Work trials have become a hot topic in the UK. While much of the recent debate has centred on concerns about minimum wage requirements, the efficacy of work trial schemes is coming under the microscope as employers increasingly emphasise their employer branding and seek greater assurance that they’re making the right hire in a challenging talent market.
If done carefully, trial days can provide a candidate with a unique in-office experience at their potential next-employer. But there are several factors employers must consider if they’re to benefit from observing prospective employees in action. While some candidates may thrive in these scenarios, for others, especially those in current employment, trial days will be a significant burden.
So, are work trial days really worth the trouble? Two talent experts have their say.
Trial days add a valuable layer of inclusivity to the recruitment process
Without doubt one of the best tools employers can use to evaluate entry level candidates are trial days which, although require time and consideration, if done well have multiple benefits. The most important outcome is matching the right candidate to the right job.
Firstly, trial days ensure candidates know what they are signing up for. They really show candidates what to expect of the job and the team if they join. Secondly, you get a chance to test your candidates on their skill and their suitability for the work, seeing how they respond under pressure and how they interact with the team.
It also helps create a more level playing field in that process, eliminating a certain element of bias. Some demographics receive a lot more support in terms of interview training and as such often perform better in interviews. These candidates will show more of their true selves during the course of the day as the ‘interview veil’ drops and it gives others who may not have interviewed to the same level a chance to shine. Not everyone interviews brilliantly but that doesn’t mean they don’t make incredible team members. We once had a candidate who struggled at an interview, but we felt had something special so we invited them to come in. The result was an incredible hire we otherwise would have lost out on.
Finally, as prospective employers we need to ‘sell the dream’ and, in an increasingly competitive market, trial days give you a chance to really showcase the opportunity you are offering and what the candidate might achieve by being part of the team.
The candidate’s perception and viewpoint of this is critical in achieving a successful outcome. We ask for feedback from our candidates and all have been incredibly supportive of this part of the interview process. They tell me that the benefits for them are getting a proper taste for the office working culture and meeting team members outside of the formal interview process, with the opportunity to ask questions in a more relaxed environment. Trial days provide real insight into what the working day might look like, making the first day less daunting while showing the investment we were making in our graduate programme.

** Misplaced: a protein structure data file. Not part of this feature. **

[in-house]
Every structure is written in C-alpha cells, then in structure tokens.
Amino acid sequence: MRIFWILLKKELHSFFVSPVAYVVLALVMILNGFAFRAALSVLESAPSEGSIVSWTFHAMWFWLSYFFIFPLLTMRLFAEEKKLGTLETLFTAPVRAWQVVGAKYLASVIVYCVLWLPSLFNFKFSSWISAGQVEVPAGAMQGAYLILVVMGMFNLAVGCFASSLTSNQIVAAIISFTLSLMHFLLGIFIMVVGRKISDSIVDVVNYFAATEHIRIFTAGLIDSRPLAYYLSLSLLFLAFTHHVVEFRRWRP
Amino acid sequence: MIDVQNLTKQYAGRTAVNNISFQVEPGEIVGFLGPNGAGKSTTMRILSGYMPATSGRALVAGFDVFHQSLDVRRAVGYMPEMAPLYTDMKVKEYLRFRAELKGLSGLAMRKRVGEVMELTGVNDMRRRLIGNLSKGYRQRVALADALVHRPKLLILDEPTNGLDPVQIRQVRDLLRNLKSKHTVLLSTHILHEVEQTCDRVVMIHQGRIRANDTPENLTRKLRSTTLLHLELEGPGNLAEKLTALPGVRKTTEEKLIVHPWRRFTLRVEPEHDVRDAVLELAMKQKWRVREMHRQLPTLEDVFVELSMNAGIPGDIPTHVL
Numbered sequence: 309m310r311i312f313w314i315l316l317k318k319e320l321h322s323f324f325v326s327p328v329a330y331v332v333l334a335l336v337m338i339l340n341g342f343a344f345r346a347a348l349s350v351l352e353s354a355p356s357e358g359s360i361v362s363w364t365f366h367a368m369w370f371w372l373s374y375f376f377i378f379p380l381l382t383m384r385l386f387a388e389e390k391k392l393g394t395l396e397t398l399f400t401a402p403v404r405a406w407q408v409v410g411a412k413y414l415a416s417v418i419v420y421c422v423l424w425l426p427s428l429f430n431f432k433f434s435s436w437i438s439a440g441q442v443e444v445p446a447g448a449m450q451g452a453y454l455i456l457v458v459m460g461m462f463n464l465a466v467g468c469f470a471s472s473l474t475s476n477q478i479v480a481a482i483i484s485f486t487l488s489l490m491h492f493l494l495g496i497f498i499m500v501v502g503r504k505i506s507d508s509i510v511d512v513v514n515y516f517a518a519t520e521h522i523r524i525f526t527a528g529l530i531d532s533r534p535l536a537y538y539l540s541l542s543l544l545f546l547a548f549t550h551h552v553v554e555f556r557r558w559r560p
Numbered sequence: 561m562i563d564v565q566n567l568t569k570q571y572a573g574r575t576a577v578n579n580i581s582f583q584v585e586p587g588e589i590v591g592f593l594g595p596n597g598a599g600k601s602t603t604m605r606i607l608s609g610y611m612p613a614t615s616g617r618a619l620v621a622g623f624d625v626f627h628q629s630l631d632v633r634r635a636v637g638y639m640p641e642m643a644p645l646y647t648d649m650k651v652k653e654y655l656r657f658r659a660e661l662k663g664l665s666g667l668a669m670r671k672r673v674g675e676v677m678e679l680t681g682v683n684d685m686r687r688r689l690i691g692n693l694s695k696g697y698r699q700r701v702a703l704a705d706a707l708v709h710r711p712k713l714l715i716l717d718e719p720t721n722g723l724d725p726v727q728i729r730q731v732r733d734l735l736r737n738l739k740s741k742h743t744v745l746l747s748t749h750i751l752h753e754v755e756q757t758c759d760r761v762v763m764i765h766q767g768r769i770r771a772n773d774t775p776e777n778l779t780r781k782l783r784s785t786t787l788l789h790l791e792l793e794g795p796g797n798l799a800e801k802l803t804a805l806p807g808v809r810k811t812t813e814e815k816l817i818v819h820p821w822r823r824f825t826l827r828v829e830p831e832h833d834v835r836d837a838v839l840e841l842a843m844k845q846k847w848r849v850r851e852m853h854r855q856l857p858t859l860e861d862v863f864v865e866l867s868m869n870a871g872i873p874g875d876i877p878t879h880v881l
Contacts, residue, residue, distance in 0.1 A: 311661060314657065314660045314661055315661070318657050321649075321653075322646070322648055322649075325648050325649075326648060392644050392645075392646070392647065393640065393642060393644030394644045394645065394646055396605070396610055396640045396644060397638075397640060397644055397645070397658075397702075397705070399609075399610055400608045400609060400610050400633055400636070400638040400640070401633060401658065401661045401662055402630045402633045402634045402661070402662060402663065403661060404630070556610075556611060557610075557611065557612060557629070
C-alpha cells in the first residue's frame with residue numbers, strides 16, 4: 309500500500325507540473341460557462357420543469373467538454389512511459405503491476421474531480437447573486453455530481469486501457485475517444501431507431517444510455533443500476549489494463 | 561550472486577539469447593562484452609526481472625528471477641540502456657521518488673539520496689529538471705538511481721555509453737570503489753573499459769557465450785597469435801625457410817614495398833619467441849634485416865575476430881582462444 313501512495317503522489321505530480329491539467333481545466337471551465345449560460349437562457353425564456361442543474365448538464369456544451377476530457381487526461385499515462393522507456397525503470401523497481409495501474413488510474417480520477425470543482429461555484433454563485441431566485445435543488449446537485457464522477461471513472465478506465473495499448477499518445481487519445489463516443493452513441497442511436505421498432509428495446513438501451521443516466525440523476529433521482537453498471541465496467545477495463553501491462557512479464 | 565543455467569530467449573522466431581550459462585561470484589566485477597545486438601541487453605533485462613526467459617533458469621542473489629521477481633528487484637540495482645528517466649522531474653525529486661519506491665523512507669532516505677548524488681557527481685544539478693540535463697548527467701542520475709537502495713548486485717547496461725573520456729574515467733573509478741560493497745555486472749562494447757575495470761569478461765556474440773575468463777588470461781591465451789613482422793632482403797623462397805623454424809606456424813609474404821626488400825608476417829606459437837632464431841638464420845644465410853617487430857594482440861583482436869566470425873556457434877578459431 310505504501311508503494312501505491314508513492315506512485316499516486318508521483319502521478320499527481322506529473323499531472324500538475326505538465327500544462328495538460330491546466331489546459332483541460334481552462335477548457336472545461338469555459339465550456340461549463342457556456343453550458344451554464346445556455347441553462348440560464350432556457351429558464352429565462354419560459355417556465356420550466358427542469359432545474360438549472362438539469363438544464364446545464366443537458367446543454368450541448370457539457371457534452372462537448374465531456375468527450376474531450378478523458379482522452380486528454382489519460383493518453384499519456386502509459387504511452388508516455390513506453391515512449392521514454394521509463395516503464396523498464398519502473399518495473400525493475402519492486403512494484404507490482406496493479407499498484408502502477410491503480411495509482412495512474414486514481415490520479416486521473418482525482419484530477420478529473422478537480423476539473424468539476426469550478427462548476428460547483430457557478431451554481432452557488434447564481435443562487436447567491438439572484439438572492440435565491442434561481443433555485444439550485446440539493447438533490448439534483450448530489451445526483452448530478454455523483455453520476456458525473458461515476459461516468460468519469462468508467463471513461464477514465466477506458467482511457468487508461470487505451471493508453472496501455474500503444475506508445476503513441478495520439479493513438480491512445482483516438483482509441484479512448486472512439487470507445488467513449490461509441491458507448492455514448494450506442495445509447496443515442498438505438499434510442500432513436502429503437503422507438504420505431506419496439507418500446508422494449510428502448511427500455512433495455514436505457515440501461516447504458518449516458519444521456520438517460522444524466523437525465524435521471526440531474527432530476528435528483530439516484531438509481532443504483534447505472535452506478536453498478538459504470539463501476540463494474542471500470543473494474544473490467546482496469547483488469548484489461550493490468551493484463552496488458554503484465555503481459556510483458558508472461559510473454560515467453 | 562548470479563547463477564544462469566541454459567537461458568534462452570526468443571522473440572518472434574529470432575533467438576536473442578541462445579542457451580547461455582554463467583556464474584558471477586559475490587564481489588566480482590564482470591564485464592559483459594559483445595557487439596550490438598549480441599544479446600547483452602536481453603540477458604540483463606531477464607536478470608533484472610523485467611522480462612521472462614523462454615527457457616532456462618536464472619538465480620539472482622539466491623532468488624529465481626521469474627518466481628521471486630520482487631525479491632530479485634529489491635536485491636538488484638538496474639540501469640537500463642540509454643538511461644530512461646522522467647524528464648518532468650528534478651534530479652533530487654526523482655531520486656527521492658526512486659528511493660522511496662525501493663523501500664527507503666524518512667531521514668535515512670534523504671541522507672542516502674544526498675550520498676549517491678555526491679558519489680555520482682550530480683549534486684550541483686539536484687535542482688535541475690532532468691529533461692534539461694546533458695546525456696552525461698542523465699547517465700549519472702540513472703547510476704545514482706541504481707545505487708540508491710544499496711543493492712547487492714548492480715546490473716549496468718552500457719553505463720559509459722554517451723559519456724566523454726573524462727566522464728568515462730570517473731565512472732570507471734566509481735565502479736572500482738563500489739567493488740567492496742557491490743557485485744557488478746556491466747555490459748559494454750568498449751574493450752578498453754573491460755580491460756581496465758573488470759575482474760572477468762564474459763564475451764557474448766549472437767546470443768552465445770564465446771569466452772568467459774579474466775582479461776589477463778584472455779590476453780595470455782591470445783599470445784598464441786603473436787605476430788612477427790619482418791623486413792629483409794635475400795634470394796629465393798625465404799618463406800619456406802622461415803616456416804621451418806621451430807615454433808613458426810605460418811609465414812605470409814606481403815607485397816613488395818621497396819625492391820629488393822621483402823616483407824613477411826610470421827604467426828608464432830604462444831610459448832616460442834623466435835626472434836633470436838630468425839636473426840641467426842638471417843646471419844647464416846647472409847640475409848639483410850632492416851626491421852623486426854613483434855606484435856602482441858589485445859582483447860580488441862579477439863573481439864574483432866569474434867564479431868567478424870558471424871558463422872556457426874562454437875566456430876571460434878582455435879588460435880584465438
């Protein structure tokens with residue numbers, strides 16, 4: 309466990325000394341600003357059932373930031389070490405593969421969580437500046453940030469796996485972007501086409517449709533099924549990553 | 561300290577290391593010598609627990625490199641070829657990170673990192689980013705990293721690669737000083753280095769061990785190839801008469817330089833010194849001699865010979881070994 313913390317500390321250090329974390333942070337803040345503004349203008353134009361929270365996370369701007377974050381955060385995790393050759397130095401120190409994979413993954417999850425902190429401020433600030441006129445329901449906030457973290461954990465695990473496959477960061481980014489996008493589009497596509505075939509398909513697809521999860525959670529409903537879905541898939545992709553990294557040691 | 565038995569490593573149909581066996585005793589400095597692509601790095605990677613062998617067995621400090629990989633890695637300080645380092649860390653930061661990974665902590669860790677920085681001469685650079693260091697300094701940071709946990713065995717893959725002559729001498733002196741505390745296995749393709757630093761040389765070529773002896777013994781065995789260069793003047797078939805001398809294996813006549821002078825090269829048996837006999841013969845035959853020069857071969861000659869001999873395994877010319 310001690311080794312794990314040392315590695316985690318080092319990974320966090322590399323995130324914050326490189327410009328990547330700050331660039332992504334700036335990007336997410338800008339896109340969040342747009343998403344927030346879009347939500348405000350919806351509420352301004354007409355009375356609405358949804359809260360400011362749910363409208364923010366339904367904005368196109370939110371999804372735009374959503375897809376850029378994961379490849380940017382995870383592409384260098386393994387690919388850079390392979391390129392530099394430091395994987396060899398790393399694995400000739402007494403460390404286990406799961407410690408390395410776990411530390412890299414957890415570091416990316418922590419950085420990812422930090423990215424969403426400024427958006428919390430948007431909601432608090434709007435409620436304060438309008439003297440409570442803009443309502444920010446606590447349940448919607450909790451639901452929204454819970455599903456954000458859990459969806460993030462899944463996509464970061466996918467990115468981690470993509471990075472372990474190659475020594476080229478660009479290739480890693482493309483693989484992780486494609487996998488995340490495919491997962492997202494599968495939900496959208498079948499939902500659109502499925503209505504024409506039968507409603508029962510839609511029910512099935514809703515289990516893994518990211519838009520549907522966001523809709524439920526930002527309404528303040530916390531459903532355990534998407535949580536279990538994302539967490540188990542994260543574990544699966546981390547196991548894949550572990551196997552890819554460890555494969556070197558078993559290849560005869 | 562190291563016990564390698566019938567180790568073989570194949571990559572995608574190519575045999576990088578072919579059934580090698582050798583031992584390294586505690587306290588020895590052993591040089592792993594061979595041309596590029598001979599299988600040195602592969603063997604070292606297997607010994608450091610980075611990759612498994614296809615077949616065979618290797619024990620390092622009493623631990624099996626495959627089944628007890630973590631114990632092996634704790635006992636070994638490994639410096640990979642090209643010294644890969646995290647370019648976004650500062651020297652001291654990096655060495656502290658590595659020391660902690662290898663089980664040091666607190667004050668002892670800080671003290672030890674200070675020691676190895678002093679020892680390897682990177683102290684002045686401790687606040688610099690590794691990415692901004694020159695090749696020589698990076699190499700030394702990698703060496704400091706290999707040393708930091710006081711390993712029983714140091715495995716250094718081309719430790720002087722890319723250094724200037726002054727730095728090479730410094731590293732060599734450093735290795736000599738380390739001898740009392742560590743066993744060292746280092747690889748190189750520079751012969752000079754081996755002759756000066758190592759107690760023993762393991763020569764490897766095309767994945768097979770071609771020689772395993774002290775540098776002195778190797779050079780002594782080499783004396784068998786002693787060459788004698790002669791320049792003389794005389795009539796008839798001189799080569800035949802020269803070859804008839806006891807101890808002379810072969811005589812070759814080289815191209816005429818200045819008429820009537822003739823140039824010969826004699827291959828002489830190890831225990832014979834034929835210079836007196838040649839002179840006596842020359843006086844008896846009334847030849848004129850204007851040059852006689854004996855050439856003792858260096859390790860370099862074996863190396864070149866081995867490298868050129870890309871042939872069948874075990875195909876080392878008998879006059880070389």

We will continue to use trial days as a key element of our recruitment process, and I would highly encourage those not doing so to reconsider.
Trial days create unnecessary stress and inconvenience for candidates
While employee trial days may seem like a good way to observe future employees in a natural setting, there are certainly arguments against incorporating them into the hiring process. On the surface, you might think they offer a promising glimpse into a candidate’s potential fit within a company, as well as helping to assess skills and cultural alignment. However, they also come with significant risks.
New individuals are at a marked disadvantage on employee trial days. They are unfamiliar with existing teams, the company culture and expectations, so it is unfair to expect them to perform at the same level as experienced employees. Additionally, during a trial day candidates may not experience the typical work environment and conditions they would encounter in their regular day-to-day work. This can lead to a skewed perception of the role and the company.
For candidates who are already in employment, participating in an employee trial day means taking time off from their current job. This absence may result in a loss of productivity and potentially a loss of trust from their current employer, if the employee’s absence leads to suspicion that they are seeking employment elsewhere. Additional time-consuming steps in the hiring process may also lead to highly skilled people dropping out, leaving a smaller pool of talent to choose from.
Also, let’s face it, a job search and interview process is already stressful for candidates. Adding another layer to this can increase anxiety and may even affect performance on the trial day, as many individuals perform differently under the pressure of assessment and evaluation. This can lead to candidates not showing their true potential and can result in further anxiety and also missed opportunities for the company if they deem the trial to have been unsuccessful.
In addition to all of this, can a mere 8-hour period truly reveal the extent of a candidate’s potential? So many qualities and skills will still remain hidden, including adaptability, resilience and long-term performance. Relying solely on a one-day trial may risk overlooking a candidate’s true capabilities.
Instead, there are many more inclusive and effective alternatives that employers can use, such as extending the final interview to include an opportunity to stay and meet the team, informal coffee with key team members and stakeholders, tours around the office, company presentations, and so on. All of these are much more relaxed and likely to bring out the true personality of the individual and the business.